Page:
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Lifting Tackle inspected.
This is not one of the glamorous, dramatic picture-filled, sections but it is a vital step towards full operation.
6th October 2015
Back to Work
With fortunate coincidence, 92 Squadron have completed their out-of-frame work on their boiler just as the Steam Crane comes back into operation.
So, the first lift for the crane after overhaul is one of the largest that we undertake - a 20 ton boiler lift.
The first step is to raise the firebox end of the boiler sufficient to allow the ashpan to be fitted underneath, then the combined boiler and ashpan are lifted high enough to clear the crane’s front bogie and jib runner and the load is slewed, rotating the boiler as the jib turns so that the boiler and ashpan are correctly oriented for descent onto the chassis, which has been shunted out of the workshop and positioned on a yard road adjacent to the crane.
With some fine adjustment, using a shunter to move the chassis along the track, and the crane to adjust the boiler position across the track, the boiler was gently lowered into position and the fixing bolts part-tightened to confirm the location.
A little problem extracting the chains once the boiler was down was resolved at the third attempt - they were becoming trapped between the boiler and the upper edge of the frame.
All complete, the loco was shunted back into the workshop and the crane packed away, except that we left the jib raised as a sentinel to a good day’s work.
7th October 2015
At the start of the day, the jib was left up from the tackle inspection and Richard Busby has pulled the propping girders out. The fire is lit but there’s no steam yet. Crane has new side panels fitted but more painting is needed, the roof is also still to be replaced. The boiler to be lifted can be seen in the background, the heat resistant paint looking very bright.
Note the very threatening grey sky.
Step one complete, Ashpan attached to boiler. David O’Connell gets into position before the slewing movement starts.
Barabel drags out the chassis, fabulous to see the huge connecting rod gliding back and forwards, round and round.
And down she goes, still a little rotation needed for correct alignment.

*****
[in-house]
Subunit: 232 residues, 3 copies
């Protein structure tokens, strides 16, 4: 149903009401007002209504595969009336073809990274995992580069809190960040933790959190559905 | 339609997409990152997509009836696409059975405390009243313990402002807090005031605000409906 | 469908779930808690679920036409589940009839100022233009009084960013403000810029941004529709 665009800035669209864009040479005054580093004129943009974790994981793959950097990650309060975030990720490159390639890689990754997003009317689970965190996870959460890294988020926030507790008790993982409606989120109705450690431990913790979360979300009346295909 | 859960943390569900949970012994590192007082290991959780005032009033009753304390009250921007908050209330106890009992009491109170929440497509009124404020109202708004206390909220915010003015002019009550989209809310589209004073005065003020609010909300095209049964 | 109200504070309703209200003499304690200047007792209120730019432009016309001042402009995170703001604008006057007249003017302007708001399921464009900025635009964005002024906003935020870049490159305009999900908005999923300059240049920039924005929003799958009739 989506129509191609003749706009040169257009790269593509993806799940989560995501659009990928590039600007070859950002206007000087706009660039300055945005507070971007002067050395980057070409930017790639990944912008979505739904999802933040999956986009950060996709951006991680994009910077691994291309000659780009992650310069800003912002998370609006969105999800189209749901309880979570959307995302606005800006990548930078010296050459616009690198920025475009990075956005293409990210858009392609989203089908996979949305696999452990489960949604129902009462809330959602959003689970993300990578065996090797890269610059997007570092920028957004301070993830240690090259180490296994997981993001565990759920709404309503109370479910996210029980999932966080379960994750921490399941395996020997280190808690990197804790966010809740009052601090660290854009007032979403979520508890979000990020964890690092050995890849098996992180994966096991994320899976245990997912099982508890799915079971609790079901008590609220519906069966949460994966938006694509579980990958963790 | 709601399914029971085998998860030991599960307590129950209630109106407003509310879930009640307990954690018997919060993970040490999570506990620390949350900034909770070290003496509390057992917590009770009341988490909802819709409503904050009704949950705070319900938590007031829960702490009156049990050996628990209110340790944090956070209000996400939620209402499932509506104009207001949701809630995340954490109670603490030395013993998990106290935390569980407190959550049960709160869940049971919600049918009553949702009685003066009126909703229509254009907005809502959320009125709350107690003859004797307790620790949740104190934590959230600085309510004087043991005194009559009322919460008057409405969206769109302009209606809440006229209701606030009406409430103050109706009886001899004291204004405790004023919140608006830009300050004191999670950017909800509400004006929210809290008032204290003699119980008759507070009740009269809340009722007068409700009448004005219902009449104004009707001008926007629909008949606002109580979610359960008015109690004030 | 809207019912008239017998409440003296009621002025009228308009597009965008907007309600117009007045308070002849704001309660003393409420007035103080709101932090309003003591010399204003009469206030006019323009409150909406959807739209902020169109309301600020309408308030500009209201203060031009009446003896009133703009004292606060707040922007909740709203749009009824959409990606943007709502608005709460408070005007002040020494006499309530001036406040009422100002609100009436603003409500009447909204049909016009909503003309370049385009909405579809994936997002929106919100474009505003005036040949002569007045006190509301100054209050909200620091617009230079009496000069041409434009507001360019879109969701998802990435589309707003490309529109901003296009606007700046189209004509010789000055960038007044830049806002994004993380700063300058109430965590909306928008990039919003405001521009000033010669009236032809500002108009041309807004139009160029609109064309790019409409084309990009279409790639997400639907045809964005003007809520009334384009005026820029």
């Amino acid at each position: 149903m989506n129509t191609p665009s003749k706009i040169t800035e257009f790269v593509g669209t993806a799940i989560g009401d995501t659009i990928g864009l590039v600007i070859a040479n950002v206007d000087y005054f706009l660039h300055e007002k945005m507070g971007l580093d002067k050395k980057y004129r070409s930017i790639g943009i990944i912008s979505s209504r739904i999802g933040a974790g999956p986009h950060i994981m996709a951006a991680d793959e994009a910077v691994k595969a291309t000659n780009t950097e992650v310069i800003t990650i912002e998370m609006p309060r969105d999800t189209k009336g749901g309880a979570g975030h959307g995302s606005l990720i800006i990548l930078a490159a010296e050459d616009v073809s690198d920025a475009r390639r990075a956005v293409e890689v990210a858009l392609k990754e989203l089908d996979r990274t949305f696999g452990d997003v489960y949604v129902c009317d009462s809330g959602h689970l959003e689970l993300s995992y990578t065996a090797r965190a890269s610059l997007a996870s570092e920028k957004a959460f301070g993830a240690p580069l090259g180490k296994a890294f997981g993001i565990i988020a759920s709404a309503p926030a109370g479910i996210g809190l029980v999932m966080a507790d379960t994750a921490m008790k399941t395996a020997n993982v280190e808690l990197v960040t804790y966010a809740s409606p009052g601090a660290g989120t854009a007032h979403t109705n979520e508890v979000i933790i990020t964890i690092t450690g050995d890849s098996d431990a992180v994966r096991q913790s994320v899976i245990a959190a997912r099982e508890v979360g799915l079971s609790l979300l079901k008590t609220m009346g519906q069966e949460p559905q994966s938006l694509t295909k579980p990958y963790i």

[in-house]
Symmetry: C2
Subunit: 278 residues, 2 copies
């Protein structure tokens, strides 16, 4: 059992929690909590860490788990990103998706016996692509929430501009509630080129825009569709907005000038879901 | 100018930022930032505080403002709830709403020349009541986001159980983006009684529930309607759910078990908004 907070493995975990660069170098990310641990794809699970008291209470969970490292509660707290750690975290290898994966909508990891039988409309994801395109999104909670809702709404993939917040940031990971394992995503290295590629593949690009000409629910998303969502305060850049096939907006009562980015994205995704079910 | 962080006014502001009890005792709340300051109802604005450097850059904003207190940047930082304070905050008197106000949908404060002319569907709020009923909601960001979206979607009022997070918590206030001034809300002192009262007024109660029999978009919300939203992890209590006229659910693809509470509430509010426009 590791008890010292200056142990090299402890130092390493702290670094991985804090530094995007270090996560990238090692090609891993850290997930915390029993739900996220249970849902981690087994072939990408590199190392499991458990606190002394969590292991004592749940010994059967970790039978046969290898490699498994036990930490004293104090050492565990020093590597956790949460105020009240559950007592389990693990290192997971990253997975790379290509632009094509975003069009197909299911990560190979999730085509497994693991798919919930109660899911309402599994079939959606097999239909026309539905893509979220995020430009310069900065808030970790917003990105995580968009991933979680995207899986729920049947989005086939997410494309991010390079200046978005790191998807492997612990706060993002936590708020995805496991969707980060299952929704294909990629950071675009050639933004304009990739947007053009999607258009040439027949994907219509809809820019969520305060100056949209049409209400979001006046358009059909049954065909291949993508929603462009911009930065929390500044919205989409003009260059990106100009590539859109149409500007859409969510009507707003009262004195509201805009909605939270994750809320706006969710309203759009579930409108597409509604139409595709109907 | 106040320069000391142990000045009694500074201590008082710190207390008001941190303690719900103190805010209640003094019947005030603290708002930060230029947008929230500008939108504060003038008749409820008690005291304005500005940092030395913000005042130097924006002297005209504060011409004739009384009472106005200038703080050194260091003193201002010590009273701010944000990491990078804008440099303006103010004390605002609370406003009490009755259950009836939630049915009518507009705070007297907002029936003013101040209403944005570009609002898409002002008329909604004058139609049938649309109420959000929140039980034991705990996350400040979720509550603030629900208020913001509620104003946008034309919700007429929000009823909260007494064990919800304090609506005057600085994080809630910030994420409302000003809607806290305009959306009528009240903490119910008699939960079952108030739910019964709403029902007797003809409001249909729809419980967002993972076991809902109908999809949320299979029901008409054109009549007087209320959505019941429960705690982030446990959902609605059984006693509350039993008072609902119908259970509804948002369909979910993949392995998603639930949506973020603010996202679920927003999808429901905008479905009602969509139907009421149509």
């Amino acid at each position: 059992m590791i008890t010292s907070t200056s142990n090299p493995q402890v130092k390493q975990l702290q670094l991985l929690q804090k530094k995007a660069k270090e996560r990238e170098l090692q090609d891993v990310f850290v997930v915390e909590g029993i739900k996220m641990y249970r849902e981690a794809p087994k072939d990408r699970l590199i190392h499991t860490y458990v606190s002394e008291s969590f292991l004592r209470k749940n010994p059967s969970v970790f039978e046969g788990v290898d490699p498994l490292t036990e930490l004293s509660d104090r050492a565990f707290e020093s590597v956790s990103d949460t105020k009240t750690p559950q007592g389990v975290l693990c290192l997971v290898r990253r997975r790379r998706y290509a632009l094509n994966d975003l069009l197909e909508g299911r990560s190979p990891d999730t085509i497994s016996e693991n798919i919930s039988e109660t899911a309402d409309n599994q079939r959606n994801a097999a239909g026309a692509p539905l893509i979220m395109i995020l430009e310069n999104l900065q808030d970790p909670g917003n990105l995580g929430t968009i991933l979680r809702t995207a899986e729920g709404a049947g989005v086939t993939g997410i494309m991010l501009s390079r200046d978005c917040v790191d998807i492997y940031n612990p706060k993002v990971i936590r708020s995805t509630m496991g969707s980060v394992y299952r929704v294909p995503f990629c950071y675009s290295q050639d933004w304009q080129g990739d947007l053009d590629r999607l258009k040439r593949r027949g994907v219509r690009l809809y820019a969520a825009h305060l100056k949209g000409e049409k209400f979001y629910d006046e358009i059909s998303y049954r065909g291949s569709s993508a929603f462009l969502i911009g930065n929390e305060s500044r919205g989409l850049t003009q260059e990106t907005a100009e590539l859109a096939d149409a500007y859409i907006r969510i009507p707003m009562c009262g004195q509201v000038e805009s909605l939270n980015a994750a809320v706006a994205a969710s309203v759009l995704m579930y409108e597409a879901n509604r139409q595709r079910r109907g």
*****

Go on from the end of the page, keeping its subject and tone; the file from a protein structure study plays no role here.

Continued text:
See how the blue sky appears just as the job nears completion.
Job’s a good ‘un.
Back in the workshop, there’s still a huge amount to do, but it’s beginning to look like a steam locomotive again.
The crane is inspected for it’s ability to safely lift up to it’s specification. The jib is raised to full height, then dropped to locate the lifting block directly above the lifting bar, which is attached and lifted to allow thorough examination. Then, each chain in turn is lifted and inspected, link by link for signs of wear or corrosion. Next, the lifting rings and shackles are inspected and finally, the cranes is slewed through 360 degrees (i.e. rotated in a complete circle).
It’s a great relief to have all that checked out OK.
Now we’re fully operational.
14th October 2015
92 Squadron Tender onto its wheels
The tender has been on sleepers in the yard for the past year or so while the underside is completely overhauled. It is now a joy to behold, a shame it’ll not be seen for another 10 years! The wheels themselves have also been overhauled and the axleboxes cleaned.
Today’s job was to lift the tender, slew it around to the track on which the wheels had been placed, and then very slowly and gently lower the 20-ton load onto the waiting six axleboxes, pausing to allow positional adjustments as it comes down.
Notice how the standard Nene Valley lifting sky is again in attendance, and how blue patches re-appear once the lift is complete.
Step 1. The tender is permanently fitted with 4 lifting loops, so it’s straightforward to attach 4 chains.
Step 2. Take the strain. Richard (white hat) signals to David O’Connell (driving the crane). One of the 92 Squadron tender team, Ian (yellow hat) watches his pride and joy about to take to the air.
Step 3. Slewing. Bob shows off the best side of his new overalls as the tender squeezes between the weight-relieving bogie and the swan-neck.
Step 4. Gently does it. Richard signals inch rope-down as David runs the crane super-slow. 92 Squadron are poised to ease the horns onto the axleboxes.
Done. Smiling faces all round. Richard signals rope-down to slacken off the chains. Tender looks out-of-vertical but that’s probably the yard track.